Cardiovascular System - Patent Ductus Arteriosus

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LB.5 Patent Arterial Duct

ICD-11 Structural developmental anomalies of the circulatory system (draft) 
ICD-11 Beta Draft - NOT FINAL, updated on a daily basis, It is not approved by WHO, NOT TO BE USED for CODING except for agreed FIELD TRIALS.

20 Developmental Anomalies - Structural Developmental Anomalies

Beta coding and tree structure for "structural developmental anomalies" within this section are shown in the table below.

Structural developmental anomalies of the circulatory system  
  • Structural developmental anomaly of heart and great vessels
    • LB00 Congenital heart or great vessel related acquired abnormality
    • LB01 Congenital anomaly of atrioventricular or ventriculo-arterial connections
      • LB01.1 Transposition of the great arteries
      • LB01.2 Double outlet right ventricle
      • LB01.3 Double outlet left ventricle
      • LB01.4 Common arterial trunk
      • LB01.Y Other specified congenital anomaly of atrioventricular or ventriculo-arterial connections
      • LB01.Z Congenital anomaly of atrioventricular or ventriculo-arterial connections, unspecified
    • LB02 Congenital anomaly of the mediastinal veins Congenital anomaly of atria or atrial septum
    • LB20 Congenital anomaly of atrioventricular valves or septum
    • LB21 Congenital anomaly of ventricles and ventricular septum
      • LB21.1 Congenital right ventricular outflow tract obstruction  
      • LB21.2 Double-chambered right ventricle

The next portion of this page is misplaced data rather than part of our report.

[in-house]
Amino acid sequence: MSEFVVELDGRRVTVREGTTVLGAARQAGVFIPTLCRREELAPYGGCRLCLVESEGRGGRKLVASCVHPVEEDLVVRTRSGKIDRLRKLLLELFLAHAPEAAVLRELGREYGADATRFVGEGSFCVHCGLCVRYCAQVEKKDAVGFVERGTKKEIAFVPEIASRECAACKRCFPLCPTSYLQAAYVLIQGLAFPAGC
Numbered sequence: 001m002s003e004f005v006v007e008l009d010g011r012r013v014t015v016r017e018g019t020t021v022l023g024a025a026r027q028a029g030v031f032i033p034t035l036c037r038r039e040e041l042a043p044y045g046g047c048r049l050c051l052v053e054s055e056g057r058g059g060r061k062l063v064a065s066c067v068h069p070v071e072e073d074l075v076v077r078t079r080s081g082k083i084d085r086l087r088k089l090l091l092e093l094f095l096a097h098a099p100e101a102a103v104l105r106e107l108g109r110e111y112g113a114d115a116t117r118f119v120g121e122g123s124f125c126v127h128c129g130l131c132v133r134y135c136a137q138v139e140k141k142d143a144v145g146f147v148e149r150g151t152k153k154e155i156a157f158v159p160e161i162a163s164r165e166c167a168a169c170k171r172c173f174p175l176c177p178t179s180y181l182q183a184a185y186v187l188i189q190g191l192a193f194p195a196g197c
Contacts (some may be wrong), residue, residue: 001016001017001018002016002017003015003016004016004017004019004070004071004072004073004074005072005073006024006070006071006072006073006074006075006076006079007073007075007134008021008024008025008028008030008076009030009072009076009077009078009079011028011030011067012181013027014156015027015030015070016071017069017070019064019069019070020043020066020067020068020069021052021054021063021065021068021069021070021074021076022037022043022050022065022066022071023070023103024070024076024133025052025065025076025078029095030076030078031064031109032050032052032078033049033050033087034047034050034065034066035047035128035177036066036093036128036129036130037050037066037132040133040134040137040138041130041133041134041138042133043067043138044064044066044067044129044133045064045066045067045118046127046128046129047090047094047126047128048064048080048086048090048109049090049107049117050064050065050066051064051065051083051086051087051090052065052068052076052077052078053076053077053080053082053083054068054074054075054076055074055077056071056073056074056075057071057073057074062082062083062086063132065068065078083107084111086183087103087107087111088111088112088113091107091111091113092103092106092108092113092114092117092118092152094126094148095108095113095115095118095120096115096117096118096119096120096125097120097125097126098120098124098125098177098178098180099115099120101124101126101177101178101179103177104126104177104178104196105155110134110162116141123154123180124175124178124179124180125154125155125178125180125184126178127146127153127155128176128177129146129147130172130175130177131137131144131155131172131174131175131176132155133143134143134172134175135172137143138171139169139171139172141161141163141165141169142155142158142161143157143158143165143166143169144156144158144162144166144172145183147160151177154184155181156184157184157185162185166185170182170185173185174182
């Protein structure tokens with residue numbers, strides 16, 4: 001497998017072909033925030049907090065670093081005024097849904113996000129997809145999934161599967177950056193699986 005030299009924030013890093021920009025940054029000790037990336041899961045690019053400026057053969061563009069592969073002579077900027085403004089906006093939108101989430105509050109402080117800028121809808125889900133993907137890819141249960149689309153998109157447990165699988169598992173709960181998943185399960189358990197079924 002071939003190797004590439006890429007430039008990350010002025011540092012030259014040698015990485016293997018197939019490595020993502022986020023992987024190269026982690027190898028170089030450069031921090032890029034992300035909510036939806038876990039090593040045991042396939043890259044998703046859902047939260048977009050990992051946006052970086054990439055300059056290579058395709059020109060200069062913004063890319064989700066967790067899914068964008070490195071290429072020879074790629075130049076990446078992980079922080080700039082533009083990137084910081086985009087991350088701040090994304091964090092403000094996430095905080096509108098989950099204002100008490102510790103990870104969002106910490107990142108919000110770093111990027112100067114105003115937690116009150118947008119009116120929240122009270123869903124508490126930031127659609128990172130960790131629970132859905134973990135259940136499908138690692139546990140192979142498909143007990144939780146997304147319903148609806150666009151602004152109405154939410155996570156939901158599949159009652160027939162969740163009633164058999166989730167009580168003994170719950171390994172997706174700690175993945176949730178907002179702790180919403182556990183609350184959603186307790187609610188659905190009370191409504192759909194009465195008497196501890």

• LB21.3 Tetralogy of Fallot
      • LB21.4 Congenital left ventricular outflow tract obstruction  
      • LB21.5 Congenital ventricular septal defects 
      • LB21.Y Other specified congenital anomaly of ventricles and ventricular septum
      • LB21.Z Congenital anomaly of ventricles and ventricular septum, unspecified  
    • LB22 Functionally univentricular heart
    • LB23 Congenital anomaly of ventriculo-arterial valves and adjacent regions
    • LB24 Congenital anomaly of great arteries including arterial duct
      • LB.1 Congenital aorto-pulmonary window
      • LB.2 Congenital anomaly of pulmonary arterial tree
      • LB.3 Congenital anomaly of aorta and its branches
      • LB.4 Tracheo-oesophageal compressive syndrome
      • LB.5 Patent arterial duct
      • LB.Y Other specified congenital anomaly of great arteries including arterial duct
      • LB.Z Congenital anomaly of great arteries including arterial duct, unspecified
    • LB25 Anomalous position-orientation of heart
    • LB26 Total mirror imagery
    • LB27 Left isomerism
    • LB28 Congenital anomaly of coronary arteries
    • LB29 Structural developmental anomalies of the pericardium
    • LB2Y Other specified structural developmental anomaly of heart and great vessels
    • LB2Z Structural developmental anomaly of heart and great vessels, unspecified
  • LB30 Structural developmental anomalies of the peripheral vascular system
    • LB30.1 Capillary malformations
    • LB30.2 Lymphatic malformations
      • LB30.21 Macrocystic lymphatic malformation
      • LB30.22 Microcystic lymphatic malformation
      • LB30.23 Cystic hygroma in fetus
      • BD23.1 Primary lymphoedema
          • EK91 Yellow nail syndrome
          • LC5F.26 Noonan syndrome